One of the things that I believe and one of the ways that I think we’ve built our company is I believe that it’s our job as leaders to hire people smarter than we are at the things that they do best and to do everything in our power to remove the roadblocks and the impediments to them doing their best work. I see my job then in the same way as like when I see problems or balls dropped to not go in and prescribe the solution, but go in and try to help the people who are actually involved uncover what is working, what isn’t working. Let’s diagram it, let’s map it out. What ideas are on the table, how do we test out potential solutions to this problem? Involve everybody in the process of making the new system because that’s the only way to get buy-in. Also, the answer and the outcome of those conversations are always going to be better than anything I could come up with on my own.

I love that you’re looking for the cracks. Michael Gerber who wrote The E-Myth talked about people don’t fail, systems fail. I’ve always said that if somebody drops the ball, it’s not a bad thing. It means they’re either carrying too many balls or they don’t know how to carry the balls. It could be an interviewing system that we brought in the wrong person, but I think you uncovered something else, which is every time the company doubles in size, you have at risk the people in the organization being lopped in their job. It’s our job as leaders to grow people first and foremost. At 1-800-GOT-JUNK? when I was the chief operating officer there, I took them from fourteen employees at the head office to 3,100 employees system-wide. We doubled six years in a row at 100% revenue growth. The head of marketing after three doubles can’t be the head of marketing anymore. The company is so different. How have you been growing people? What do you plan to be doing differently? I’m guessing you’re probably going to double again.

I would say this is apt to ask me that question. We’re going through our very first annual performance review process. That’s one of those things where definitely some companies don’t yet have formal systems around that at a team of this size, but there’s the recognition that we need to have that in order to grow. We’re in the phase of, “Let’s have candid, open, honest conversations. Let’s build into our culture of feedback.” The expectation is that we’re all giving and getting feedback so that we can talk about what’s wrong and where we need to solve problems. We have had a lot of internal movement, definitely, especially people coming in, for example, to support. Our customer support team is a great starting point into the company because the people who know and understand our customers the best are then the best suited to move into roles on our product team or marketing team or anywhere else in the company. We’ve definitely done that.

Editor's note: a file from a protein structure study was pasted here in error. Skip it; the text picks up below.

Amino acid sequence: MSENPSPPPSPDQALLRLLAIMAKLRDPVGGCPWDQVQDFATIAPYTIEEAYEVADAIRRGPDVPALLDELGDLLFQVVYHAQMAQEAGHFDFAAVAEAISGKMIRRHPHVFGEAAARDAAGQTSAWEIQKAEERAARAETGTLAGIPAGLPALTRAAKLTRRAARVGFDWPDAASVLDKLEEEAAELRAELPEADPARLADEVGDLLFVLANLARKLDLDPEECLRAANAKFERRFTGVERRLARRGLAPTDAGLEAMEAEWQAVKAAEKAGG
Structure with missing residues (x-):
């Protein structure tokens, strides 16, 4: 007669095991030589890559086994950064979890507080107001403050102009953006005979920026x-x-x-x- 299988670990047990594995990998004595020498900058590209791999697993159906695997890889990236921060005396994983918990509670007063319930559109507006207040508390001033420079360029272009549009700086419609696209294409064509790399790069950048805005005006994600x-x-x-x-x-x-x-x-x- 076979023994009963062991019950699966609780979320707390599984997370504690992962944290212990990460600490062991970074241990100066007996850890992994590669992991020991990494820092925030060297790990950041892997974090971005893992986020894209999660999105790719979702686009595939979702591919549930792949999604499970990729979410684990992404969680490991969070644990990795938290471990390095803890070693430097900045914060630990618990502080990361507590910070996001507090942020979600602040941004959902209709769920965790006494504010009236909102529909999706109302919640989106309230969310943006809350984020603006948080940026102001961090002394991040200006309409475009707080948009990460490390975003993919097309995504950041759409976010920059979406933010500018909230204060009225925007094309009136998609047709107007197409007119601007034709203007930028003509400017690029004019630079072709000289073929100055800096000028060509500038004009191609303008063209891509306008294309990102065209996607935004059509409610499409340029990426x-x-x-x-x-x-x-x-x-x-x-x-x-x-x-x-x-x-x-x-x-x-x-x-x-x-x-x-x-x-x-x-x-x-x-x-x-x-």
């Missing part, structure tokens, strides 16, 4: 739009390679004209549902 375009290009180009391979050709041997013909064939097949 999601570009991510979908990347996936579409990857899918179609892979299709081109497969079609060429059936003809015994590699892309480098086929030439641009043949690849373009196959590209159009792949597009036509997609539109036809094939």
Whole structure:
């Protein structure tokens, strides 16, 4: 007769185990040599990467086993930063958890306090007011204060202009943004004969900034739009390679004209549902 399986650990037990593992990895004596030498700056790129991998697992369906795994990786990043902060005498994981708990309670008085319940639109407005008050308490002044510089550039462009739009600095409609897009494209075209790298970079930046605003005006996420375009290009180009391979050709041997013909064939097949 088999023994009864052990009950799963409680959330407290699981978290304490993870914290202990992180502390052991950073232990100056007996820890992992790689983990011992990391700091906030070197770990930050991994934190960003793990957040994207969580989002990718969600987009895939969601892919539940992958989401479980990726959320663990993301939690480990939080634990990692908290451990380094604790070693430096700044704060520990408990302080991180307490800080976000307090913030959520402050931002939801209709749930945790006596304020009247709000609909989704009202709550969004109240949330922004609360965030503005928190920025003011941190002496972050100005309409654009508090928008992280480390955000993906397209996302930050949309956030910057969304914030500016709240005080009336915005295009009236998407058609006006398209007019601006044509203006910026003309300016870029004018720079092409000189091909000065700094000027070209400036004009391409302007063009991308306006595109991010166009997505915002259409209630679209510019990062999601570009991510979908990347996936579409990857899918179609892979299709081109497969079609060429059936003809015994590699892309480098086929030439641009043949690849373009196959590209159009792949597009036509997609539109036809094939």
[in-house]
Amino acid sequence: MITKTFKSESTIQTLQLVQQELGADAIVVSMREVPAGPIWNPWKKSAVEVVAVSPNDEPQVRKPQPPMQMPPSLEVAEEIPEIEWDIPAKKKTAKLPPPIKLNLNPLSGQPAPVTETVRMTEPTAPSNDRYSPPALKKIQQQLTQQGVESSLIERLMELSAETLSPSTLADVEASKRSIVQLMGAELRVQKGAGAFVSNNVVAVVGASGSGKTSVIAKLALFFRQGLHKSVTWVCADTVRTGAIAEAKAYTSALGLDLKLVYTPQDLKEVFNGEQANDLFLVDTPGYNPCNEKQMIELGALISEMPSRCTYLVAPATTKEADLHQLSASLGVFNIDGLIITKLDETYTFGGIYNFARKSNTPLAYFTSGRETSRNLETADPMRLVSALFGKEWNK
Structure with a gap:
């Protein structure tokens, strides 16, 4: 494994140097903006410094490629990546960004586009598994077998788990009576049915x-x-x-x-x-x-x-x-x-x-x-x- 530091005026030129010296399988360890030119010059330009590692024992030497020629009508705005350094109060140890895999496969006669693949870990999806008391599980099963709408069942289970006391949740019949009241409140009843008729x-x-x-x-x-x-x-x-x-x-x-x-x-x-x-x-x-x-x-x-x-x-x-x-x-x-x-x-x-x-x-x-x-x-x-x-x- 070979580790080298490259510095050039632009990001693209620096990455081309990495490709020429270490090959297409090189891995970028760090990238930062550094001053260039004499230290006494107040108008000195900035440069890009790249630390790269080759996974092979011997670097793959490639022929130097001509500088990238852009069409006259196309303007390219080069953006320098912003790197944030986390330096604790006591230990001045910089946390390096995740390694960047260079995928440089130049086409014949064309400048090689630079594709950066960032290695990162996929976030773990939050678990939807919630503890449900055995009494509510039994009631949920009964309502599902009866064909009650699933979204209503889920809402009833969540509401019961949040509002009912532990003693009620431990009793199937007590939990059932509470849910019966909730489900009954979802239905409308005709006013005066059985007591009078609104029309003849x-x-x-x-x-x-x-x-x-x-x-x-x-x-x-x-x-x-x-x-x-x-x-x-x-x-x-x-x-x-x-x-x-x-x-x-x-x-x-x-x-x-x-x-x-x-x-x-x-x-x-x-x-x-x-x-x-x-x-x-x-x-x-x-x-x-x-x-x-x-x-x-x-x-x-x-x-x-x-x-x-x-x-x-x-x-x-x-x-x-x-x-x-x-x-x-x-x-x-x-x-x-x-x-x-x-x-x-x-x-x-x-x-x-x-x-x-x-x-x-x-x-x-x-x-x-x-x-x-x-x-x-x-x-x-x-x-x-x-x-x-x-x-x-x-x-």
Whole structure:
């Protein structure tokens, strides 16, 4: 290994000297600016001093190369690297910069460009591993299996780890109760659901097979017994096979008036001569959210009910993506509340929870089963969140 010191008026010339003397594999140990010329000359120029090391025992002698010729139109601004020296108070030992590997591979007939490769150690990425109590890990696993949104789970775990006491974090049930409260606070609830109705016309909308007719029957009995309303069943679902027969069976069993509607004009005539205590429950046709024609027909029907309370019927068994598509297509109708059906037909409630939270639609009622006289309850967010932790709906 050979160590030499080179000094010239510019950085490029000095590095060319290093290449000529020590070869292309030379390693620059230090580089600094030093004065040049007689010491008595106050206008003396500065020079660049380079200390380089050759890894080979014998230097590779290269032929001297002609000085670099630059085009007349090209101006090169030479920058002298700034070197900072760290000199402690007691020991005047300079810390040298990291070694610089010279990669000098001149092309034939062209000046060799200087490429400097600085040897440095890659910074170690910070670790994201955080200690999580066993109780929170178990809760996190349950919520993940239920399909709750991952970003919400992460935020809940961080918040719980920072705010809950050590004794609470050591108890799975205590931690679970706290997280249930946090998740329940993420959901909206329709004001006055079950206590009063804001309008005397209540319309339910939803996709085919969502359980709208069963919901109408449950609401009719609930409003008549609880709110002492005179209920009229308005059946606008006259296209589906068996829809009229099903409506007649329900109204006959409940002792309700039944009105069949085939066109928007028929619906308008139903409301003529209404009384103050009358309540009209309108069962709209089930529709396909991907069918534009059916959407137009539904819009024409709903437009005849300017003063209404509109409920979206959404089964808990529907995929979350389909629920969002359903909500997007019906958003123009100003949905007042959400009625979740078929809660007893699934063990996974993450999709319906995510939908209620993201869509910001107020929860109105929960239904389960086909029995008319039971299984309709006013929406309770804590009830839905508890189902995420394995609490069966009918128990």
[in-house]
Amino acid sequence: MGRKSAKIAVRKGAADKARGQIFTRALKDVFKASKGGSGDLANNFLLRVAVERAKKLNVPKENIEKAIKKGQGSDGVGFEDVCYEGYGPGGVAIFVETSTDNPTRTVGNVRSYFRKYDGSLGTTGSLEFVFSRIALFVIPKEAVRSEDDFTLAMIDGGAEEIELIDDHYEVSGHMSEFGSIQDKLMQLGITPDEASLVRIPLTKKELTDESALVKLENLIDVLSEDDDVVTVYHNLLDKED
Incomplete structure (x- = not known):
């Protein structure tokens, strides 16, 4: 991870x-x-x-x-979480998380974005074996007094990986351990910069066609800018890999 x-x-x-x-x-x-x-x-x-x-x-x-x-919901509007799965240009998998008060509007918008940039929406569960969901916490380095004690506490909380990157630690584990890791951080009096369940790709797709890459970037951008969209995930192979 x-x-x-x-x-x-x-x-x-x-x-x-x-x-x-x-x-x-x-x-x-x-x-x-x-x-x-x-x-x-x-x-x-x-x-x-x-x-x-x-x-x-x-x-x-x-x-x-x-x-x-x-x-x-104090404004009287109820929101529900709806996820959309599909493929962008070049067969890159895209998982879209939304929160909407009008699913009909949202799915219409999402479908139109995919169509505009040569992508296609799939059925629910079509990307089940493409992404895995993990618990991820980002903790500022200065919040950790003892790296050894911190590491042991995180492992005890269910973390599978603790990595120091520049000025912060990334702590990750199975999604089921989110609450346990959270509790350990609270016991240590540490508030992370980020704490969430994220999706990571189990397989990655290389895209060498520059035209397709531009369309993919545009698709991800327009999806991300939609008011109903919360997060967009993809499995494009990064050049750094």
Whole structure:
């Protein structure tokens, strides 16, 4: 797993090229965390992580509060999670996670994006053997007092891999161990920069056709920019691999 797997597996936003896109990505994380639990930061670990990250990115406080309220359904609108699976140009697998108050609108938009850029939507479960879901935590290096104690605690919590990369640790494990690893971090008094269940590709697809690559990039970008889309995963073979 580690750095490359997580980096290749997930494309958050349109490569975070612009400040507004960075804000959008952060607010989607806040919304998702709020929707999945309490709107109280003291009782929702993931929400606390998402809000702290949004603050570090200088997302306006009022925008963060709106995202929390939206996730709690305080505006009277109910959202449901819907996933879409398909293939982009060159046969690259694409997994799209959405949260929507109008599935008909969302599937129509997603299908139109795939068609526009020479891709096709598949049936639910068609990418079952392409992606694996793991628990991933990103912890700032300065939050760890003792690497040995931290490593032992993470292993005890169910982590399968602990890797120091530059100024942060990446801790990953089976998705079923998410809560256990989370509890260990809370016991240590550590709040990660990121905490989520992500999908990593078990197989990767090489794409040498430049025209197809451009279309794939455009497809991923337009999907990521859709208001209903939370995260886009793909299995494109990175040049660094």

The flip side of your question around the ability to level up at the speed that the team is leveling up, that’s also caused us problems and has bitten us on the ass a little bit in the past. From a very practical standpoint, it’s hard to get a title handed out by me at this point. I’m hesitant to bring somebody in with some of those hierarchy-implying titles because as you said, somebody who is a great director of marketing for a team of this size, it’s challenging if not impossible for that person to level up to what is required to match the company as we grow. Trying to have open and honest conversations and trying to build in place the performance reviews and also development conversations. Being a little bit careful about establishing hierarchy when I think it premature to do that. Talking a lot about what roles people see themselves growing into as we grow and how to specialize is also part of that.

It’s almost more in favor of looking at what responsibilities people can handle versus what titles they want. I’ve been on a ranch and I’ve probably been feeling it for the last few years. I’ve been publicly ranting about the fact that so many companies have given up very inflated titles for no need. You’ve got a chief marketing officer of a 50-person company. The reality is it’s probably a marketing manager or a director of marketing at best. It’s certainly not a VP of marketing and it’s definitely not the chief marketing officer. In the finance department, you’ve got a chief financial officer. Maybe it’s a controller or director of finance or a finance manager, a VP of finance.

The bigger we give out the titles, the more responsibility people think they have. The more senior they feel their role is, the faster they want to build this little empire underneath themselves. They also get a very inflated sense of what their worth is financially because they go out on websites like Indeed or talk to recruiters, they say, “I’m a chief financial officer.” “You’re in a $250,000 role.” No, I’m not a Chief Financial Officer. I’m more like a head of finance of a $3 million company. I think you’re smart with keeping the org chart clear for a while, but also being very careful with titles. Talk to me a little bit about skill development and your leadership team. What’s your leadership team comprised of? What does it look like?

SIC 06 | Feedback
Feedback: The bigger you give out the titles, the more responsibility people think they have.